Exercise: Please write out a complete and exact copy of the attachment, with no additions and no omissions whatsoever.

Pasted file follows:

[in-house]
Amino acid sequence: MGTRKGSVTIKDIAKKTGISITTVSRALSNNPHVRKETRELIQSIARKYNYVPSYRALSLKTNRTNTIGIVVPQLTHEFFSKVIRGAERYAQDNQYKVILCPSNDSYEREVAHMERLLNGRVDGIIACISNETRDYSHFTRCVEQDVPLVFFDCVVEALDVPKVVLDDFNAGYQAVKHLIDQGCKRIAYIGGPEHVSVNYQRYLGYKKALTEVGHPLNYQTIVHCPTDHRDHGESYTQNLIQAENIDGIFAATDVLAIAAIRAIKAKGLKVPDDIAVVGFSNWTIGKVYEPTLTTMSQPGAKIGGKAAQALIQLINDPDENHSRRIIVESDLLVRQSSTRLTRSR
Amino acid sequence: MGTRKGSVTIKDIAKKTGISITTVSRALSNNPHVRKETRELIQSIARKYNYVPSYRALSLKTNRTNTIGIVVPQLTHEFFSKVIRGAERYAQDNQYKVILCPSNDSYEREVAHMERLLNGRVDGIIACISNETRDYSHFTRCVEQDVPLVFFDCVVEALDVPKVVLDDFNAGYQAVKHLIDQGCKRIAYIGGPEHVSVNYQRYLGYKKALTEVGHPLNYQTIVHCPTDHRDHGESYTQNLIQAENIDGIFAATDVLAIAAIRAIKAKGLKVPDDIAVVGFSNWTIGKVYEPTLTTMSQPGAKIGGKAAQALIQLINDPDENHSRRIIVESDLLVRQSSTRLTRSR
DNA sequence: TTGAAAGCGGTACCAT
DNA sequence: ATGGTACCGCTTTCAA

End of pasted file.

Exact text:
[in-house]
Amino acid sequence: MGTRKGSVTIKDIAKKTGISITTVSRALSNNPHVRKETRELIQSIARKYNYVPSYRALSLKTNRTNTIGIVVPQLTHEFFSKVIRGAERYAQDNQYKVILCPSNDSYEREVAHMERLLNGRVDGIIACISNETRDYSHFTRCVEQDVPLVFFDCVVEALDVPKVVLDDFNAGYQAVKHLIDQGCKRIAYIGGPEHVSVNYQRYLGYKKALTEVGHPLNYQTIVHCPTDHRDHGESYTQNLIQAENIDGIFAATDVLAIAAIRAIKAKGLKVPDDIAVVGFSNWTIGKVYEPTLTTMSQPGAKIGGKAAQALIQLINDPDENHSRRIIVESDLLVRQSSTRLTRSR
Amino acid sequence: MGTRKGSVTIKDIAKKTGISITTVSRALSNNPHVRKETRELIQSIARKYNYVPSYRALSLKTNRTNTIGIVVPQLTHEFFSKVIRGAERYAQDNQYKVILCPSNDSYEREVAHMERLLNGRVDGIIACISNETRDYSHFTRCVEQDVPLVFFDCVVEALDVPKVVLDDFNAGYQAVKHLIDQGCKRIAYIGGPEHVSVNYQRYLGYKKALTEVGHPLNYQTIVHCPTDHRDHGESYTQNLIQAENIDGIFAATDVLAIAAIRAIKAKGLKVPDDIAVVGFSNWTIGKVYEPTLTTMSQPGAKIGGKAAQALIQLINDPDENHSRRIIVESDLLVRQSSTRLTRSR
DNA sequence: TTGAAAGCGGTACCAT
DNA sequence: ATGGTACCGCTTTCAA